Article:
This is something of a useless rant, in that few people care anything about the topic, and there is almost certainly nothing that will change as a result of my posting it. However, it may help me get it off my chest, which would be a good thing.
Throughout the Internet, I am constantly encountering titles, comments, notes, headers, and so on, with the text: C/C++.” For example, if there is a listing of programming languages, you might see:
In almost every case, C and C++ are together as C/C++. The idea is that C and C++ are so similar that when you talk of one, you might as well be talking about the other. This is wrong.
C is a venerable old language, created by Dennis Ritchie back in the 1970’s. That’s in the Stone Age, as far as computers go. It’s an ancient language, but it’s still used in many places. The Linux kernel is written in C; many compilers are written in C, including some C++ compilers.
C++ is founded on C, and has many similarities. However, it is a different language. C++ allows object-oriented programming; it has classes and methods and all sorts of stuff that C never had. C++ is useful in some applications, especially large and complex ones.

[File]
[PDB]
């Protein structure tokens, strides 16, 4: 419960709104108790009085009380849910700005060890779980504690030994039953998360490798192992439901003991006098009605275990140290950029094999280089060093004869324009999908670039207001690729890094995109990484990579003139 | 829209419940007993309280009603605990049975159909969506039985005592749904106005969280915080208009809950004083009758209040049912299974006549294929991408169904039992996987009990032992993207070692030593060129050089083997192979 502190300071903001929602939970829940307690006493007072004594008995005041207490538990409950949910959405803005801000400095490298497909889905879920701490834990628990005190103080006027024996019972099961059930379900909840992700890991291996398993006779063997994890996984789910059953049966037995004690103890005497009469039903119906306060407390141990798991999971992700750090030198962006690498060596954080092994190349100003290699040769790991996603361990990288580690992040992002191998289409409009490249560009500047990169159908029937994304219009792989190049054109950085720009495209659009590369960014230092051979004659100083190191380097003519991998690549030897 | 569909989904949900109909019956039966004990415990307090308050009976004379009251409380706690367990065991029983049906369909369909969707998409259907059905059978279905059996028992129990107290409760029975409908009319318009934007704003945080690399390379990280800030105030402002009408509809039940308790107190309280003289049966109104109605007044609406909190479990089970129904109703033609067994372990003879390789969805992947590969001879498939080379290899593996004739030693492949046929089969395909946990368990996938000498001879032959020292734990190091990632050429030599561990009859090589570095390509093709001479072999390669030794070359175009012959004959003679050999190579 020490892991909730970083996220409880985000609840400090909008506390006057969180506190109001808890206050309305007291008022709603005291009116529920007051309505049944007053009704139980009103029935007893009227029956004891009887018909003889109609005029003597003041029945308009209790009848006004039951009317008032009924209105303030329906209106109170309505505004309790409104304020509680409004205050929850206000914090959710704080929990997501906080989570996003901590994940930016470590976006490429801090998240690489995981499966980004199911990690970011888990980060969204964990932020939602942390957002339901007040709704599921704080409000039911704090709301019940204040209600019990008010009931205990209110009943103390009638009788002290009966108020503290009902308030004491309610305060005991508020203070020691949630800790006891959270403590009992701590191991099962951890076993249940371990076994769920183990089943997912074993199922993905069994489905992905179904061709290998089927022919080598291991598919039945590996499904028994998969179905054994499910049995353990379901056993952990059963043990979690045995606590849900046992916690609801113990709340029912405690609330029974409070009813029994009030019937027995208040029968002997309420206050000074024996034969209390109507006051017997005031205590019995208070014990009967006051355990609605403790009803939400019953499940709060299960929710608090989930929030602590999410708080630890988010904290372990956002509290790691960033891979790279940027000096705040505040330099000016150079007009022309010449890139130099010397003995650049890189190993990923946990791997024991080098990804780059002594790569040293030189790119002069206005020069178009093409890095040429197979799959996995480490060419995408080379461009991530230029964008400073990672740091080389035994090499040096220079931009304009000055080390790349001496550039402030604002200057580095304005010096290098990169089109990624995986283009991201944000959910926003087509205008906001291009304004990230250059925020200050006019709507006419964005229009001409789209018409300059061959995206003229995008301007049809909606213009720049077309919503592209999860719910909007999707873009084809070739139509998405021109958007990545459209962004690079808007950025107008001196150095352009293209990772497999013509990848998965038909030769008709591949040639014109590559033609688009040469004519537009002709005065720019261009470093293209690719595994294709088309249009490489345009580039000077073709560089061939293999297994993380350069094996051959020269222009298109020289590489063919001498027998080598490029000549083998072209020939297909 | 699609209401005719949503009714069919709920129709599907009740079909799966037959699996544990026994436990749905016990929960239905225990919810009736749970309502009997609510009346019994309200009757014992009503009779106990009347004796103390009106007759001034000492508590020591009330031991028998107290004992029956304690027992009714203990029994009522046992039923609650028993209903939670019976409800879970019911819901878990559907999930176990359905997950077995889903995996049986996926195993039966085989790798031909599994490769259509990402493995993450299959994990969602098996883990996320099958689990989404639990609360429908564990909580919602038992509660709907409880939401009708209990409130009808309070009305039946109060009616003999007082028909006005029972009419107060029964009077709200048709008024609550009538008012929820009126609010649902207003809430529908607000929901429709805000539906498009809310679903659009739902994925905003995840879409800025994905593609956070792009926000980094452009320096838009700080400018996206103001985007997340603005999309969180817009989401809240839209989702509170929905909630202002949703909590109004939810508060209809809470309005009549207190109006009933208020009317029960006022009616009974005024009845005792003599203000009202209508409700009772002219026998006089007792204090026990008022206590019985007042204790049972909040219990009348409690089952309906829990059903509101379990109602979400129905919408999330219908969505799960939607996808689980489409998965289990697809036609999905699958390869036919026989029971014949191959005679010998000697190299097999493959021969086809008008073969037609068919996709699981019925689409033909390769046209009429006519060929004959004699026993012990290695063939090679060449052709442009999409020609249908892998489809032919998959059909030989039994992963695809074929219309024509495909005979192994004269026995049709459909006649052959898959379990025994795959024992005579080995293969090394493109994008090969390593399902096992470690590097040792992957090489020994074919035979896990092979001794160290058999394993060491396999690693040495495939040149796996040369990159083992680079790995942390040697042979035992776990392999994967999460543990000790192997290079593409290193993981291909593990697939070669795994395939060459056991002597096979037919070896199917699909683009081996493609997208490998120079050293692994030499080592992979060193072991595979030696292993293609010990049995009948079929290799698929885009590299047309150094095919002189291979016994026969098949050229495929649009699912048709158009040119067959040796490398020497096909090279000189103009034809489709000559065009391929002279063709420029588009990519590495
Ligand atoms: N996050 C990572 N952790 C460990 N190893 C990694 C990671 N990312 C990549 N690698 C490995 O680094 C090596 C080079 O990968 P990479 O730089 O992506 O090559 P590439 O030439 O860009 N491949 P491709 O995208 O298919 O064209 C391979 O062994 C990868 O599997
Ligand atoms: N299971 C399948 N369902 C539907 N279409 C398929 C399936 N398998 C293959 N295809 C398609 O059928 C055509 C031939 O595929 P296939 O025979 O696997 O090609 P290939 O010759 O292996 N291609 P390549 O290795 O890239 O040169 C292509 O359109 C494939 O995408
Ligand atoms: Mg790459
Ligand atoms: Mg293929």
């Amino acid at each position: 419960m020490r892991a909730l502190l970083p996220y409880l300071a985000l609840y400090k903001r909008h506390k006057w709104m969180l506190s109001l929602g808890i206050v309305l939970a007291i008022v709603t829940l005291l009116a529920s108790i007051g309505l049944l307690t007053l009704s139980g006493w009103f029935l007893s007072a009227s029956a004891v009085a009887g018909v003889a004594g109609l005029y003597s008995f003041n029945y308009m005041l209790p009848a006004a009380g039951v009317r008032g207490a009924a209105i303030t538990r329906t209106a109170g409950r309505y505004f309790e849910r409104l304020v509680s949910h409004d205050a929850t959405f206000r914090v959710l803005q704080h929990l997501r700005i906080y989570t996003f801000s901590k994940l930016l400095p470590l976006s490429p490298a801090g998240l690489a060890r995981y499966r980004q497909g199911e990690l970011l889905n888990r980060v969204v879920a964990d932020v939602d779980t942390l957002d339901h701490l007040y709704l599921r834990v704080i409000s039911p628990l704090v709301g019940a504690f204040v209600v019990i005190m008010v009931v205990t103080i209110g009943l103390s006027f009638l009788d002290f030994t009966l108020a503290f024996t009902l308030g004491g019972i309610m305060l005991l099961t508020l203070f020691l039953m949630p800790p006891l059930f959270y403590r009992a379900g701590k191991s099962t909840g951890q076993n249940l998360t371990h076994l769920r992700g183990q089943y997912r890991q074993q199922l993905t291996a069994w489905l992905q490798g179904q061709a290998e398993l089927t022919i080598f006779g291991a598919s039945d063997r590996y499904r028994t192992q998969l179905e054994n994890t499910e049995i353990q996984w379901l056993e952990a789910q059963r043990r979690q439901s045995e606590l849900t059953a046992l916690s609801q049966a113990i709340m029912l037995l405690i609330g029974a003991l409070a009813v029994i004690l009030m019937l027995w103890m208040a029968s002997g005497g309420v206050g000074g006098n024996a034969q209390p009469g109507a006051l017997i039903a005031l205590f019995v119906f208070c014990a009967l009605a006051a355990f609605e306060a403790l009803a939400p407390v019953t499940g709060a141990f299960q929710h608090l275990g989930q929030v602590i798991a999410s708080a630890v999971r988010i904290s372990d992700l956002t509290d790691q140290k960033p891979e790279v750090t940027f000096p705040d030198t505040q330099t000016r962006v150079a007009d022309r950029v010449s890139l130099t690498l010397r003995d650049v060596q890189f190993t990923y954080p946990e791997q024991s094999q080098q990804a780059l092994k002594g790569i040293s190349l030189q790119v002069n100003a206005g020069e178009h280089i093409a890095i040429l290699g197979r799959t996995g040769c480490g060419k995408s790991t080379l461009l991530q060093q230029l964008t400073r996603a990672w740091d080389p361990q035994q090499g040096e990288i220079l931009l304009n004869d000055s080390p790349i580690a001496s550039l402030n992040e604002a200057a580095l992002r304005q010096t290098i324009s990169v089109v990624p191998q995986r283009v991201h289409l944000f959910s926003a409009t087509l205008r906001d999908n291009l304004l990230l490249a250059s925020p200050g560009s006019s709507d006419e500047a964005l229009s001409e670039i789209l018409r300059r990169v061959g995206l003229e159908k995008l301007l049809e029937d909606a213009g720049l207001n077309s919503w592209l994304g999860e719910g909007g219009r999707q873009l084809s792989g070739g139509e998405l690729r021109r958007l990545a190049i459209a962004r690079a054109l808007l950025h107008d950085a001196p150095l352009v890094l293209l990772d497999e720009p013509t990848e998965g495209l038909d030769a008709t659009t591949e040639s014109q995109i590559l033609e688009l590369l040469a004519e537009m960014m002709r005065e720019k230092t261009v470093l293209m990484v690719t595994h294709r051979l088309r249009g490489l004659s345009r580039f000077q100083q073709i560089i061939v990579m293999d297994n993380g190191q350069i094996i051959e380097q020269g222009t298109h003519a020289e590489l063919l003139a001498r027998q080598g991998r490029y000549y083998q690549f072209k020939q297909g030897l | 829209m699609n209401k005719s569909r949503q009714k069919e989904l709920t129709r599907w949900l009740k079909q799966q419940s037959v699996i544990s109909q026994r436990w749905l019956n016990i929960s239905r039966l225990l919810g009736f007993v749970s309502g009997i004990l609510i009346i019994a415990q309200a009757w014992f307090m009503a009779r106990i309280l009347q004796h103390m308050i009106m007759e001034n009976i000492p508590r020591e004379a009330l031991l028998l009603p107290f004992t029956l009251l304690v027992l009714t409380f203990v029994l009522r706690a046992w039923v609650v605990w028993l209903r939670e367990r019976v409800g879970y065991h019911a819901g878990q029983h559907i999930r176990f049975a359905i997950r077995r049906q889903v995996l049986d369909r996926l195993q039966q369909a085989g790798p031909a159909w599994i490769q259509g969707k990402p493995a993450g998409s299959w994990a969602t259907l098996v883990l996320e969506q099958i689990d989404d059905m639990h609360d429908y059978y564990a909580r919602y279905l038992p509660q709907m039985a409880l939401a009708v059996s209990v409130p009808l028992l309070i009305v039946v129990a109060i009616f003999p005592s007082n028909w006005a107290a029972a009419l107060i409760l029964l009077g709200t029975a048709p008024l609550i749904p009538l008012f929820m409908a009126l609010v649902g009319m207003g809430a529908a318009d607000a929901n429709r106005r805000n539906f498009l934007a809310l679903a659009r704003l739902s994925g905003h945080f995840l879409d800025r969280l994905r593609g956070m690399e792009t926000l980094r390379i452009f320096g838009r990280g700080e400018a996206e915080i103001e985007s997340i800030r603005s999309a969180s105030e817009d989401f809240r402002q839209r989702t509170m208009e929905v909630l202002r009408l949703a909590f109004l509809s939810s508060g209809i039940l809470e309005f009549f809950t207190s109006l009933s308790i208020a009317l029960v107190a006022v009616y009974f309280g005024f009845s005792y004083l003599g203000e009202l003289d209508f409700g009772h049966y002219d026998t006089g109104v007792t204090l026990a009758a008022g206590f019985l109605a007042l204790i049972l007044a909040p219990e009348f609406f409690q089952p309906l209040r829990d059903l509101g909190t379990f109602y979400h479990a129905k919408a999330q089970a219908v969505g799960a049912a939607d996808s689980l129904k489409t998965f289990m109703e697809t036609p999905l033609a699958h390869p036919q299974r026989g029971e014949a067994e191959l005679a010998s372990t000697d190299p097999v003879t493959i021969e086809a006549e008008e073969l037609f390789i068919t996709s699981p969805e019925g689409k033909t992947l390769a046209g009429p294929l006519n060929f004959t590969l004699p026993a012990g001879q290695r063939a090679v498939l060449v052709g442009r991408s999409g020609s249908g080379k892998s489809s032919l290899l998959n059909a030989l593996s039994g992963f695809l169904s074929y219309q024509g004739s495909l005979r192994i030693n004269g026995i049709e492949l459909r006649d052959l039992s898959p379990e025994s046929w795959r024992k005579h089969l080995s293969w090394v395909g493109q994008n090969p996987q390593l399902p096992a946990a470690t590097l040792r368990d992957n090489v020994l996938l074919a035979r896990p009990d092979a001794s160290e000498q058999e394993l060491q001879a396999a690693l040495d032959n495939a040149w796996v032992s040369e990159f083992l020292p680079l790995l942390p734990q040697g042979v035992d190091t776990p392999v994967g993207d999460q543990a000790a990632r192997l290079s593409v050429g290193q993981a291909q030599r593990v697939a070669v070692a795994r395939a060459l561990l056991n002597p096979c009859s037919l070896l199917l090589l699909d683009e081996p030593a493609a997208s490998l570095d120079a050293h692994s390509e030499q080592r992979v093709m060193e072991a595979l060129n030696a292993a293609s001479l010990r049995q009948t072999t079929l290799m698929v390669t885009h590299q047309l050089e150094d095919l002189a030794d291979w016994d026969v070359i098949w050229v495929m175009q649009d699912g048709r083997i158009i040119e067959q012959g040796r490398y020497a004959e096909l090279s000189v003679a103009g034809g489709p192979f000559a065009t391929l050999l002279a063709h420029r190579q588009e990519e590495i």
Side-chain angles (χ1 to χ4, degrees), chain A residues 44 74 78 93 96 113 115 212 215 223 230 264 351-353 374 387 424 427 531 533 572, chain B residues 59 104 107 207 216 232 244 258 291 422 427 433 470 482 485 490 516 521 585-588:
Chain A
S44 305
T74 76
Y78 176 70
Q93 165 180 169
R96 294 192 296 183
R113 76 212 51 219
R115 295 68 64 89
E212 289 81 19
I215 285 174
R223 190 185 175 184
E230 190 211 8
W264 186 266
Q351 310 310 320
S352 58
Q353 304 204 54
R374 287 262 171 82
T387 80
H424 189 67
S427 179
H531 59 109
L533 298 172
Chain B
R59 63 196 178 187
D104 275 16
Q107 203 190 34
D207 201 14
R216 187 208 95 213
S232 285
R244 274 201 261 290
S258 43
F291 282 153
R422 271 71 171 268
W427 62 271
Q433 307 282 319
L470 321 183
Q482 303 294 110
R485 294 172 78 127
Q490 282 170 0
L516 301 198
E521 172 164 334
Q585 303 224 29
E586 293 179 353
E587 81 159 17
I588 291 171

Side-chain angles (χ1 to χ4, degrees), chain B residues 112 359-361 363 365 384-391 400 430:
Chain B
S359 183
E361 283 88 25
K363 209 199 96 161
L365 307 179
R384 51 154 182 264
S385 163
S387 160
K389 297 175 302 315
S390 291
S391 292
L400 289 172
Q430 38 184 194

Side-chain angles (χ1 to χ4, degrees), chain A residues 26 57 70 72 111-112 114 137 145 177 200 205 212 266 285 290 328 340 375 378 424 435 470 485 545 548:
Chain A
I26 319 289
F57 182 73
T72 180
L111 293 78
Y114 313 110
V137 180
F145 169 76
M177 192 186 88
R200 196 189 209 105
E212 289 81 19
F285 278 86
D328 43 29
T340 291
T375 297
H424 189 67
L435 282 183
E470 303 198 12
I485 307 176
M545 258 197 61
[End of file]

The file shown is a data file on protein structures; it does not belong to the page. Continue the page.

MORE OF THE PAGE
The uses of the two languages can overlap somewhat, but honestly they each have their own niches. C is best for system programs, device drivers, anything that requires using the least amount of memory, or the greatest speed. C has been called a “high-level assembly language” because it allows you to take advantage of the computer’s hardware features.
C++ is much larger than C. It takes up more memory, and it is generally going to run more slowly than C. C++ can be used for such things as highly complicated, large projects where the use of objects makes sense. You lose a little speed, but you make up for it in having your programs better protected against many types of errors.
These two languages have their place. Neither is “better” than the other in general. But for God’s sake, quit lumping them together as though they were almost the same thing. They are not.